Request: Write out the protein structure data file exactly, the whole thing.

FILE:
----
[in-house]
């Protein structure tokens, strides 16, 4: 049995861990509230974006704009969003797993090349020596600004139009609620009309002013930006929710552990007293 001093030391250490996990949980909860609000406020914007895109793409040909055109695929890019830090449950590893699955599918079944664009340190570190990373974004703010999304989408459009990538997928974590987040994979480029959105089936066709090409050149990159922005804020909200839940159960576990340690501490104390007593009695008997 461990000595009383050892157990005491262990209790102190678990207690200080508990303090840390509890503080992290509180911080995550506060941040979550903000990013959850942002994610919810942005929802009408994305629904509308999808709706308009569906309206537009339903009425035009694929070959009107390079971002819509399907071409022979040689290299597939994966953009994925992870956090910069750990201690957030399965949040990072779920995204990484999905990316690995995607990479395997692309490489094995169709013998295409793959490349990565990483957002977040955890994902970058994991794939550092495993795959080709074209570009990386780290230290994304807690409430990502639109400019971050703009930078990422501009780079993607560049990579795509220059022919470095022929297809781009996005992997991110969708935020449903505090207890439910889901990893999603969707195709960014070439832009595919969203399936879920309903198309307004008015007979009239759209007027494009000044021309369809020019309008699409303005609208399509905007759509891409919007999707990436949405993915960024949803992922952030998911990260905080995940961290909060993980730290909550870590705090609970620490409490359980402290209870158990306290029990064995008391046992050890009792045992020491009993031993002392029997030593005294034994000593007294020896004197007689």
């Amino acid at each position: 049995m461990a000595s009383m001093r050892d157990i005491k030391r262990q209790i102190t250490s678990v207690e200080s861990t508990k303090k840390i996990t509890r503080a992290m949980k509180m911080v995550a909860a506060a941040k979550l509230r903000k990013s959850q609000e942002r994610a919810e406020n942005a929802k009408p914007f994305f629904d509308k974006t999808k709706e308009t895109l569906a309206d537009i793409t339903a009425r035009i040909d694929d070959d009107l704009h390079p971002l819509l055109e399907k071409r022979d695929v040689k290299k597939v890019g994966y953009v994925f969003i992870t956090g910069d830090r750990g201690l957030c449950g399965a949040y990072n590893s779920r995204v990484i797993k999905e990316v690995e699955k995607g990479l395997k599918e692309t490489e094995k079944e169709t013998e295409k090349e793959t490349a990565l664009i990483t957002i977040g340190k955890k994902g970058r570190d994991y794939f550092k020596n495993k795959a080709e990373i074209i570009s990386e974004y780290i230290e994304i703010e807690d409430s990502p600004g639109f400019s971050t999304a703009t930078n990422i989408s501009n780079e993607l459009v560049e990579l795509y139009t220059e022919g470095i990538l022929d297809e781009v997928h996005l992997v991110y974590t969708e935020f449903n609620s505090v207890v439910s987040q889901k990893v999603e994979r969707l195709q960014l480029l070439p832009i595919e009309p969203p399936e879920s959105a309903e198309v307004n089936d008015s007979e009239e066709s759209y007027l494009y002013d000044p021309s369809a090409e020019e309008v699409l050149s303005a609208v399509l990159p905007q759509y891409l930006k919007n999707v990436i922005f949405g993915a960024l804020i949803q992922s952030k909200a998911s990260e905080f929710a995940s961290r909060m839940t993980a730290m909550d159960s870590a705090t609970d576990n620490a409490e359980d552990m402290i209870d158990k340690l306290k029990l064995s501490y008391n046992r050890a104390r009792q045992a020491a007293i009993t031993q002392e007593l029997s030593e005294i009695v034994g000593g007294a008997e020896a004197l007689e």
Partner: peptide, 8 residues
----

[in-house]
């Protein structure tokens, strides 16, 4: 049995861990509230974006704009969003797993090349020596600004139009609620009309002013930006929710552990007293 001093030391250490996990949980909860609000406020914007895109793409040909055109695929890019830090449950590893699955599918079944664009340190570190990373974004703010999304989408459009990538997928974590987040994979480029959105089936066709090409050149990159922005804020909200839940159960576990340690501490104390007593009695008997 461990000595009383050892157990005491262990209790102190678990207690200080508990303090840390509890503080992290509180911080995550506060941040979550903000990013959850942002994610919810942005929802009408994305629904509308999808709706308009569906309206537009339903009425035009694929070959009107390079971002819509399907071409022979040689290299597939994966953009994925992870956090910069750990201690957030399965949040990072779920995204990484999905990316690995995607990479395997692309490489094995169709013998295409793959490349990565990483957002977040955890994902970058994991794939550092495993795959080709074209570009990386780290230290994304807690409430990502639109400019971050703009930078990422501009780079993607560049990579795509220059022919470095022929297809781009996005992997991110969708935020449903505090207890439910889901990893999603969707195709960014070439832009595919969203399936879920309903198309307004008015007979009239759209007027494009000044021309369809020019309008699409303005609208399509905007759509891409919007999707990436949405993915960024949803992922952030998911990260905080995940961290909060993980730290909550870590705090609970620490409490359980402290209870158990306290029990064995008391046992050890009792045992020491009993031993002392029997030593005294034994000593007294020896004197007689």
């Amino acid at each position: 049995m461990a000595s009383m001093r050892d157990i005491k030391r262990q209790i102190t250490s678990v207690e200080s861990t508990k303090k840390i996990t509890r503080a992290m949980k509180m911080v995550a909860a506060a941040k979550l509230r903000k990013s959850q609000e942002r994610a919810e406020n942005a929802k009408p914007f994305f629904d509308k974006t999808k709706e308009t895109l569906a309206d537009i793409t339903a009425r035009i040909d694929d070959d009107l704009h390079p971002l819509l055109e399907k071409r022979d695929v040689k290299k597939v890019g994966y953009v994925f969003i992870t956090g910069d830090r750990g201690l957030c449950g399965a949040y990072n590893s779920r995204v990484i797993k999905e990316v690995e699955k995607g990479l395997k599918e692309t490489e094995k079944e169709t013998e295409k090349e793959t490349a990565l664009i990483t957002i977040g340190k955890k994902g970058r570190d994991y794939f550092k020596n495993k795959a080709e990373i074209i570009s990386e974004y780290i230290e994304i703010e807690d409430s990502p600004g639109f400019s971050t999304a703009t930078n990422i989408s501009n780079e993607l459009v560049e990579l795509y139009t220059e022919g470095i990538l022929d297809e781009v997928h996005l992997v991110y974590t969708e935020f449903n609620s505090v207890v439910s987040q889901k990893v999603e994979r969707l195709q960014l480029l070439p832009i595919e009309p969203p399936e879920s959105a309903e198309v307004n089936d008015s007979e009239e066709s759209y007027l494009y002013d000044p021309s369809a090409e020019e309008v699409l050149s303005a609208v399509l990159p905007q759509y891409l930006k919007n999707v990436i922005f949405g993915a960024l804020i949803q992922s952030k909200a998911s990260e905080f929710a995940s961290r909060m839940t993980a730290m909550d159960s870590a705090t609970d576990n620490a409490e359980d552990m402290i209870d158990k340690l306290k029990l064995s501490y008391n046992r050890a104390r009792q045992a020491a007293i009993t031993q002392e007593l029997s030593e005294i009695v034994g000593g007294a008997e020896a004197l007689e």
Partner: peptide, 8 residues